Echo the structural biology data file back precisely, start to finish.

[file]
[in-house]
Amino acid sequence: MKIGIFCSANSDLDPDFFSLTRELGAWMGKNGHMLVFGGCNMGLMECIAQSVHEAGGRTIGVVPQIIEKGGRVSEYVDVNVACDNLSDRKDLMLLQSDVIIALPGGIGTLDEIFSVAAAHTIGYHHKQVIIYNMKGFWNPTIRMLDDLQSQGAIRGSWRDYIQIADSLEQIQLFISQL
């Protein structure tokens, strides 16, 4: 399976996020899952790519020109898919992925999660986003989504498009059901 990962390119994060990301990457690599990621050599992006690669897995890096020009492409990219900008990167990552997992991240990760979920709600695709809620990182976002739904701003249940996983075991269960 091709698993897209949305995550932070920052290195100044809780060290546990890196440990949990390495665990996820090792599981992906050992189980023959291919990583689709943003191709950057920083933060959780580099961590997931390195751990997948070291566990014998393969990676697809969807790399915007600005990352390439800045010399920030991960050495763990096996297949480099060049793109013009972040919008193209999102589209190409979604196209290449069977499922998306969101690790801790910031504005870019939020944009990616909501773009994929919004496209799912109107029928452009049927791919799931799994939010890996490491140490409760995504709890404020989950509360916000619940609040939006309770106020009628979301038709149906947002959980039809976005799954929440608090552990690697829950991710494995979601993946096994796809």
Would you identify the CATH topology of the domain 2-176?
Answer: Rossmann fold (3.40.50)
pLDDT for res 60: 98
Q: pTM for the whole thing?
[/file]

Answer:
[in-house]
Amino acid sequence: MKIGIFCSANSDLDPDFFSLTRELGAWMGKNGHMLVFGGCNMGLMECIAQSVHEAGGRTIGVVPQIIEKGGRVSEYVDVNVACDNLSDRKDLMLLQSDVIIALPGGIGTLDEIFSVAAAHTIGYHHKQVIIYNMKGFWNPTIRMLDDLQSQGAIRGSWRDYIQIADSLEQIQLFISQL
């Protein structure tokens, strides 16, 4: 399976996020899952790519020109898919992925999660986003989504498009059901 990962390119994060990301990457690599990621050599992006690669897995890096020009492409990219900008990167990552997992991240990760979920709600695709809620990182976002739904701003249940996983075991269960 091709698993897209949305995550932070920052290195100044809780060290546990890196440990949990390495665990996820090792599981992906050992189980023959291919990583689709943003191709950057920083933060959780580099961590997931390195751990997948070291566990014998393969990676697809969807790399915007600005990352390439800045010399920030991960050495763990096996297949480099060049793109013009972040919008193209999102589209190409979604196209290449069977499922998306969101690790801790910031504005870019939020944009990616909501773009994929919004496209799912109107029928452009049927791919799931799994939010890996490491140490409760995504709890404020989950509360916000619940609040939006309770106020009628979301038709149906947002959980039809976005799954929440608090552990690697829950991710494995979601993946096994796809």
Would you identify the CATH topology of the domain 2-176?
Answer: Rossmann fold (3.40.50)
pLDDT for res 60: 98
Q: pTM for the whole thing?